“This cements the idea that what the cell is doing with its actin machinery is testing its environment,” says Sheetz. And, he says, it provides a justification for why cells allow actin to flow backward, away from the cell front, even as they use forward protrusion of actin to drive cell movement.
The key to the probing, and one reason that it took some time to spot, is that its periodicity is localized and not synchronized over the whole cell. Each part of the cell surface is advancing and contracting (i.e., stopping) on its own schedule, although the time between contractions is the same all over the cell (24 s for the cell type under study). The 24 s matches the time taken for signaling complexes—F-actin and associated α-actinin and myosin light chain kinase (MLCK)—to traverse the protruding lamellipodia. The time increases or decreases after treatments that expand or shrink the lamellipodia.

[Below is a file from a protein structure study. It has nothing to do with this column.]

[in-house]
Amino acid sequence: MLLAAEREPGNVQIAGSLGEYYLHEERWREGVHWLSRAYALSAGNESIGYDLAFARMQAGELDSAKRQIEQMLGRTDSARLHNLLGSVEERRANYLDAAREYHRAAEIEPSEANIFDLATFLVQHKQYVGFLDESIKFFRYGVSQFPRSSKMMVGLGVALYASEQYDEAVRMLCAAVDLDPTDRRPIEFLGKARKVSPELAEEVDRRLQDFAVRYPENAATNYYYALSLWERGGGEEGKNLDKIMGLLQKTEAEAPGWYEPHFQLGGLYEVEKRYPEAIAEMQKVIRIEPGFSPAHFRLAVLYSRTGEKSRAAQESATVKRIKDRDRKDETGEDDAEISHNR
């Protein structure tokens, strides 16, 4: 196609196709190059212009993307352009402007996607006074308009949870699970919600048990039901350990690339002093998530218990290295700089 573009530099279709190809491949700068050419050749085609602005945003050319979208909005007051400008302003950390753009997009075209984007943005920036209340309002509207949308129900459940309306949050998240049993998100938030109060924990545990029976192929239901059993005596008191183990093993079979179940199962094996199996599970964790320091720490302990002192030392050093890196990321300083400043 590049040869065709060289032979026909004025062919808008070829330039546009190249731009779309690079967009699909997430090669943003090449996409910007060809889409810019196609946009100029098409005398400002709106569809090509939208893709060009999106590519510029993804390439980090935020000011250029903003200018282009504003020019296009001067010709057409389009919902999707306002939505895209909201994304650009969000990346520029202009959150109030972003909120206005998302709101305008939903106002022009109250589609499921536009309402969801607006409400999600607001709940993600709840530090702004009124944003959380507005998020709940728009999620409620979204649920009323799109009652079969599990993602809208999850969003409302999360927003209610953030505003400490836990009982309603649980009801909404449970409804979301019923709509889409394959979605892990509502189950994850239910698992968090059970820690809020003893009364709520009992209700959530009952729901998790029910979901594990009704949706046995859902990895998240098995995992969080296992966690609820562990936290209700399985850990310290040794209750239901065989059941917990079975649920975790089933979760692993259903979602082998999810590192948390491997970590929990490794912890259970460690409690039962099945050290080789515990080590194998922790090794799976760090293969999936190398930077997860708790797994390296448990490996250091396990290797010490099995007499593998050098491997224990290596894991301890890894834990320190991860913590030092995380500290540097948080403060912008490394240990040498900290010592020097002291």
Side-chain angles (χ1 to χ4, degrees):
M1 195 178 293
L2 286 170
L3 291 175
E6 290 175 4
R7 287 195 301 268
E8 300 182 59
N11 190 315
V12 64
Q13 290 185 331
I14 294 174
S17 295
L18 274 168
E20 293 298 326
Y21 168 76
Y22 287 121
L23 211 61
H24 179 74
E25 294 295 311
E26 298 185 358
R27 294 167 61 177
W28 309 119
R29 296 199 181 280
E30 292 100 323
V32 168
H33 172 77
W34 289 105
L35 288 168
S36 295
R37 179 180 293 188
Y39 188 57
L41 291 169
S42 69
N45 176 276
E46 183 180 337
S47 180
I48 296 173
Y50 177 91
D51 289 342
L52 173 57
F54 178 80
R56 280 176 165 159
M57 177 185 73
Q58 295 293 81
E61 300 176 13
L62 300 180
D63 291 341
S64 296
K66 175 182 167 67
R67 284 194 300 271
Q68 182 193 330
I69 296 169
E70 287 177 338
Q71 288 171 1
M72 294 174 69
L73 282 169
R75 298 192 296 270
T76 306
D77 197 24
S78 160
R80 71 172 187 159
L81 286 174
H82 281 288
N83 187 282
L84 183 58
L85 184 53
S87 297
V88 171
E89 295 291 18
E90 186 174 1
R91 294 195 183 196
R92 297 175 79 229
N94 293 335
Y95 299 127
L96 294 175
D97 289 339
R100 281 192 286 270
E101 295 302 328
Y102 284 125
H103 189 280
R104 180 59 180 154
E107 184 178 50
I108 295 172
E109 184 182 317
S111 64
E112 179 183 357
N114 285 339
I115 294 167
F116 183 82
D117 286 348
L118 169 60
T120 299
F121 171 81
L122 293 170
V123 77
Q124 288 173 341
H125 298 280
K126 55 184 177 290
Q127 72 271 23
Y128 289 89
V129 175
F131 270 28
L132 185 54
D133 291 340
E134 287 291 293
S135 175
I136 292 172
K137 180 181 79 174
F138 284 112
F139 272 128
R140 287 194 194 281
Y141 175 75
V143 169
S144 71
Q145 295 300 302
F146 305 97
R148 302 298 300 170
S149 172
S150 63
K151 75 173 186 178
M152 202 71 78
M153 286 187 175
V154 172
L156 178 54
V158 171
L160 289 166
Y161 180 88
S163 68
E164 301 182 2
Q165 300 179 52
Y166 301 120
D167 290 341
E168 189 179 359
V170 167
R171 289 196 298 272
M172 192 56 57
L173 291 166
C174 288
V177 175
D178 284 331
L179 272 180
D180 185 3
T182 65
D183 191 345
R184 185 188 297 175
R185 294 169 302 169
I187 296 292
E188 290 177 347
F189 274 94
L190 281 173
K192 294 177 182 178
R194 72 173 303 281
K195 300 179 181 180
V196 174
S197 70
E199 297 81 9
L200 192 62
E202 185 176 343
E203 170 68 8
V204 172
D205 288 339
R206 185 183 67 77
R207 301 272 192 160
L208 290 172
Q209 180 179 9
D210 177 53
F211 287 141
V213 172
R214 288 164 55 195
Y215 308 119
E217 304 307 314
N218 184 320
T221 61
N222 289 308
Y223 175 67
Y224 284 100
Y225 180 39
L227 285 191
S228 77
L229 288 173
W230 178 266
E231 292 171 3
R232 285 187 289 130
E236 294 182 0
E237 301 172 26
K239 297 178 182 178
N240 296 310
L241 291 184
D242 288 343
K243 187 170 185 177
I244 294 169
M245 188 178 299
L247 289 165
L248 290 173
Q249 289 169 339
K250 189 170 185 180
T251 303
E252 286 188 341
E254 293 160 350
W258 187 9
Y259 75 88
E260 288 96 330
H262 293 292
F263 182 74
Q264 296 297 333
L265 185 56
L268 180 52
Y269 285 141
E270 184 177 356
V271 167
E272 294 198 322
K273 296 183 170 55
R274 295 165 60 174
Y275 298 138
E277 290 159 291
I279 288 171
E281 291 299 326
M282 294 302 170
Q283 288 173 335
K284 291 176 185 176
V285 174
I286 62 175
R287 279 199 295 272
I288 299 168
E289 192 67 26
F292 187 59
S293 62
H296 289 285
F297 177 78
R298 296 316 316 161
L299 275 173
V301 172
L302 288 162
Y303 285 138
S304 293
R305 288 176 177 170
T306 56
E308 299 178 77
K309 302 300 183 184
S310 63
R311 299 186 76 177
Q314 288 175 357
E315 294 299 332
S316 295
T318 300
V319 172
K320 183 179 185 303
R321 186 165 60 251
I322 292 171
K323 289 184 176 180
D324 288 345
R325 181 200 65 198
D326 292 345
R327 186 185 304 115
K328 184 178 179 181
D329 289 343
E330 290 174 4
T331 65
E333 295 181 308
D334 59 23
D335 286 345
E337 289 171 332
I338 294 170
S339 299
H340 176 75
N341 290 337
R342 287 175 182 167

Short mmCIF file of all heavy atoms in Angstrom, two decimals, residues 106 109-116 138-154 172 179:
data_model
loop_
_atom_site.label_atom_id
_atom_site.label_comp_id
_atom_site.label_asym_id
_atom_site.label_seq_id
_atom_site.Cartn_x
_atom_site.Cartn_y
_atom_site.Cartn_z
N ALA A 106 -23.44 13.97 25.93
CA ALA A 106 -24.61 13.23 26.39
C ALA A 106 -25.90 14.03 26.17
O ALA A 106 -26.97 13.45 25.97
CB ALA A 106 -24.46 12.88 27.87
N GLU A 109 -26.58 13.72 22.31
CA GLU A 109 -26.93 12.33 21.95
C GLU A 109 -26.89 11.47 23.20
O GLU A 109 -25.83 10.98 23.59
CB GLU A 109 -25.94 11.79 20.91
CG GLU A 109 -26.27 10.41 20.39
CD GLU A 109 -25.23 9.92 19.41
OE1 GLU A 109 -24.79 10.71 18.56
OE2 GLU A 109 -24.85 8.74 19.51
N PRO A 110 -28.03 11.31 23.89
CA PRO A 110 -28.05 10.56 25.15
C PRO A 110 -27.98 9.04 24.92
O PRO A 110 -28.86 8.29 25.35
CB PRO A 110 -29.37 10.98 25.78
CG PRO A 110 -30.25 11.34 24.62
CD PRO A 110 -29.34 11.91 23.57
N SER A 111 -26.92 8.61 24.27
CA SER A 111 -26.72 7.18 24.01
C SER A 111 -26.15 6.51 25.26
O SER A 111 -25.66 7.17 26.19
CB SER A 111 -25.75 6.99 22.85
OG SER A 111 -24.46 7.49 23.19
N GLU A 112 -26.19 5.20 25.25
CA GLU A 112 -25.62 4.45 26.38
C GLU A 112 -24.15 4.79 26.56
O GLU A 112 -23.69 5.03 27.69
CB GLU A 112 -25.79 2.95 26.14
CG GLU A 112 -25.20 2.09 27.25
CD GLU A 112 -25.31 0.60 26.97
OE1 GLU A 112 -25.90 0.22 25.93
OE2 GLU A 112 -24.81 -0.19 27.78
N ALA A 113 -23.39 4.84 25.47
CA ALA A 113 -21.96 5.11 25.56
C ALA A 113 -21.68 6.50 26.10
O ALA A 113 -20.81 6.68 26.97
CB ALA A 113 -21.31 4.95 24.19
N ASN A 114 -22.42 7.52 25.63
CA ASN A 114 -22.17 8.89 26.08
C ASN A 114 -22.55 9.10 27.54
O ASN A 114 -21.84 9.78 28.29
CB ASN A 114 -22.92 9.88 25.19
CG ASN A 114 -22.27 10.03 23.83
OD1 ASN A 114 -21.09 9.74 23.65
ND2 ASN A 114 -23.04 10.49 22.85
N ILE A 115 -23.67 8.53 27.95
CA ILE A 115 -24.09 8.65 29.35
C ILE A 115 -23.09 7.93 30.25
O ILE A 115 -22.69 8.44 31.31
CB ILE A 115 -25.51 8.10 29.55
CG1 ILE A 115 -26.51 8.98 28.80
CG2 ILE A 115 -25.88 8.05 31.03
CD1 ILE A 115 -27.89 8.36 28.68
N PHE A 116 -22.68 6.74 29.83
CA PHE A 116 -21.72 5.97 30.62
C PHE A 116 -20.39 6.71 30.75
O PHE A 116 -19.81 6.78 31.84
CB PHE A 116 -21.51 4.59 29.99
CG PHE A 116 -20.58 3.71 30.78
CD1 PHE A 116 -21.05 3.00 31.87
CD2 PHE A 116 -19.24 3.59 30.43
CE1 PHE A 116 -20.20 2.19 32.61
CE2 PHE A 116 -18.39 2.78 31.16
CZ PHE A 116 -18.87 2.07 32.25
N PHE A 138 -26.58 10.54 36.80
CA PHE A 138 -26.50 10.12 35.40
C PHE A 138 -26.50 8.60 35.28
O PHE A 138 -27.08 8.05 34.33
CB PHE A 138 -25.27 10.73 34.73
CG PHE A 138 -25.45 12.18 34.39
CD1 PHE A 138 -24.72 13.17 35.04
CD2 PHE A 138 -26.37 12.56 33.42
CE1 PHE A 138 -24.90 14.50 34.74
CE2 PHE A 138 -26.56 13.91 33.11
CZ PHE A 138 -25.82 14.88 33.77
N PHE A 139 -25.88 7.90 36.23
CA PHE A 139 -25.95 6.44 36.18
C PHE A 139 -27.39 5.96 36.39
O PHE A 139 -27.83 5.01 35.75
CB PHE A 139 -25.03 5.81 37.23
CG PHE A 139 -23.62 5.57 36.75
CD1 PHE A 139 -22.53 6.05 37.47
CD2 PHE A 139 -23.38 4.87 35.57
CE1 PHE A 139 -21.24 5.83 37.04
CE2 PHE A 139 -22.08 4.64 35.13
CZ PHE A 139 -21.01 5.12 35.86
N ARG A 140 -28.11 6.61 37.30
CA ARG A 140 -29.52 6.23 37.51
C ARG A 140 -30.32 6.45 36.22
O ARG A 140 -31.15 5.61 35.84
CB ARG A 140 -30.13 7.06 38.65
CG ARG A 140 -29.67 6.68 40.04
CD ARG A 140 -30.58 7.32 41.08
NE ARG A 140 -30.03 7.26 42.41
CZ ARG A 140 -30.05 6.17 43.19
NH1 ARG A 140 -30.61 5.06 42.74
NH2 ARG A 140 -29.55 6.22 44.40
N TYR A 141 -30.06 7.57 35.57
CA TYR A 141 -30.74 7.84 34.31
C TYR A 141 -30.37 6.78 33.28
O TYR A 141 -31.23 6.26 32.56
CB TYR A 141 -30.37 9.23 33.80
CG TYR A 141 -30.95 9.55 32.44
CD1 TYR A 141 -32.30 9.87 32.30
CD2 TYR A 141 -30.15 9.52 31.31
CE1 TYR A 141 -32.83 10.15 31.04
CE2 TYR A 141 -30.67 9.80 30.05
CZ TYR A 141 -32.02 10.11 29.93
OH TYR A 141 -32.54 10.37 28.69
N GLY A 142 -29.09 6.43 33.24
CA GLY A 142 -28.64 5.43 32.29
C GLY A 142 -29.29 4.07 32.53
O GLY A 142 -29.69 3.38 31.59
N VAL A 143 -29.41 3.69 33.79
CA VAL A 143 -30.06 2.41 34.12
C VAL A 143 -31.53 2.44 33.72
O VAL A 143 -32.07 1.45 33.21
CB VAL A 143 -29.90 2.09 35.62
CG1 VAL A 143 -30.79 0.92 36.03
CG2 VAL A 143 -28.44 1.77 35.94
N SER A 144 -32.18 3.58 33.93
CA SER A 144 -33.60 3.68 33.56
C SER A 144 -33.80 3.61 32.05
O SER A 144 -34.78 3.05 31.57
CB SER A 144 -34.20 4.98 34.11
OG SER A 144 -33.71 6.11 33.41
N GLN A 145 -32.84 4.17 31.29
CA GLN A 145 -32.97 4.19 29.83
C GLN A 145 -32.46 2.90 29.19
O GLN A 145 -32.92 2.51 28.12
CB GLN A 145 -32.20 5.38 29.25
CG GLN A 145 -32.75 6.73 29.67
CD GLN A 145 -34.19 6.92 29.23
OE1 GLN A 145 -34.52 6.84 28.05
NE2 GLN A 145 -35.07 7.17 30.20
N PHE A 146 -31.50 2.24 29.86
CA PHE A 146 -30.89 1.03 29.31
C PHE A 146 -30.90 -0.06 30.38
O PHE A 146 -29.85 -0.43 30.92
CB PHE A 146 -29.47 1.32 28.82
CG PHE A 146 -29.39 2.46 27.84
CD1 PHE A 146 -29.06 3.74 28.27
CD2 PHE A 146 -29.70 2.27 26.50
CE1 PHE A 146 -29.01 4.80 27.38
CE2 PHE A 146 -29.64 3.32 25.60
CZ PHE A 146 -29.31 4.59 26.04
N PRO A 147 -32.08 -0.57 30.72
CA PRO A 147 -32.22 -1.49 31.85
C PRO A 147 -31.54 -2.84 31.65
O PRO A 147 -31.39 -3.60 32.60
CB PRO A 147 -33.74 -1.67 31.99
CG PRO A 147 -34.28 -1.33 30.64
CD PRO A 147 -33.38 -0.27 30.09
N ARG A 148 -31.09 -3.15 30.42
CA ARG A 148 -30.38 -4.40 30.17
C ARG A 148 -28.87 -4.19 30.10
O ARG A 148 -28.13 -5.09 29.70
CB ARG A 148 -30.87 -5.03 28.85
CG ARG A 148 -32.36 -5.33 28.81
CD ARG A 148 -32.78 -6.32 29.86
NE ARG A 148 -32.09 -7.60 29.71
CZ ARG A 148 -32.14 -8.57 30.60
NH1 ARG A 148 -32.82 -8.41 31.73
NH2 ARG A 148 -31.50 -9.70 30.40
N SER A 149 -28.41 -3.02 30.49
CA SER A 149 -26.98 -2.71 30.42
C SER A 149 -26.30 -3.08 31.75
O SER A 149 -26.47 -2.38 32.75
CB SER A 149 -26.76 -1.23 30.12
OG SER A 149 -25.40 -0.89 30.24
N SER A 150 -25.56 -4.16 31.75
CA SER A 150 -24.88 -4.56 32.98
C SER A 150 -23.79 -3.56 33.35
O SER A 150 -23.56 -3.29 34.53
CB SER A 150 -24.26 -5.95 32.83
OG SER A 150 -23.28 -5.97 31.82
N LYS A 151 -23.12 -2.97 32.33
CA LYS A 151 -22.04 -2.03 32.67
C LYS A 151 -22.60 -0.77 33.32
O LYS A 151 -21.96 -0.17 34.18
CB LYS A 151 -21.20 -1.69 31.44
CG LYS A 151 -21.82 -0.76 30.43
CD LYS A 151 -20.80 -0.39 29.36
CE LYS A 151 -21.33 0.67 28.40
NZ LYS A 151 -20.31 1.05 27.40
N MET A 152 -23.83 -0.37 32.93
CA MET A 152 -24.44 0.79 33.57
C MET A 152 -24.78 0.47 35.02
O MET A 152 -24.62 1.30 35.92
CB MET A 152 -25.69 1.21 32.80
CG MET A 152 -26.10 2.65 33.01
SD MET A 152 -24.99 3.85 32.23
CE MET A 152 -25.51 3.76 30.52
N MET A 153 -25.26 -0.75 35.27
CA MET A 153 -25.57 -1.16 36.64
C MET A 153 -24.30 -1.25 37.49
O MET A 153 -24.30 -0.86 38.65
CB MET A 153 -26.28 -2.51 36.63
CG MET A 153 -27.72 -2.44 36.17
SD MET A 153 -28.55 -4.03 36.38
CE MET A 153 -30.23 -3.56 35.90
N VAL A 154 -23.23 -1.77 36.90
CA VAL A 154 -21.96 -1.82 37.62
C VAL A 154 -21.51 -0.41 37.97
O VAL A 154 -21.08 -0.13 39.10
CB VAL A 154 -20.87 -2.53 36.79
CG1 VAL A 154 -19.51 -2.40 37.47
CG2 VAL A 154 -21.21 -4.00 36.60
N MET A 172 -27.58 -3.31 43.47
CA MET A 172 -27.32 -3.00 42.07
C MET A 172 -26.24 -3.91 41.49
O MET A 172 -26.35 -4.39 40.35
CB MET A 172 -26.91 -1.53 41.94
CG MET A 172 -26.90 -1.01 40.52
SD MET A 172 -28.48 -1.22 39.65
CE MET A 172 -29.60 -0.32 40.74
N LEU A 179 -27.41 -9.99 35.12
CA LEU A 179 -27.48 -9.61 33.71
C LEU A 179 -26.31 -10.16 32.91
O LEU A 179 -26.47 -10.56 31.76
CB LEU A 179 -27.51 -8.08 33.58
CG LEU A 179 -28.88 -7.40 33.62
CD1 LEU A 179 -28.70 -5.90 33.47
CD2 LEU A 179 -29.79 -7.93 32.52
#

The contractions may be triggered by arrival of the myosin-activating MLCK at the base of the lamellipodium. Each periodic contraction then results in a row of transient integrin–paxillin clusters being laid down near the cell front. Formation of these links to the extracellular matrix, and thus the occurrence of effective protrusion, is only supported by rigid substrates. This requirement for rigidity may reflect the matrix dependence that keeps nontransformed cells from growing in places where they are not wanted.
The contractions are needed to test the environment, but they must be periodic so that the cell doesn't spend its whole time going backward. The periodicity is enforced by the distance traveled by the contraction signal. And directionality of the signal is maintained in transit by restricting the signal to travel along actin filaments. Similar direction-conserving signaling may operate in growth cones of neurons. ▪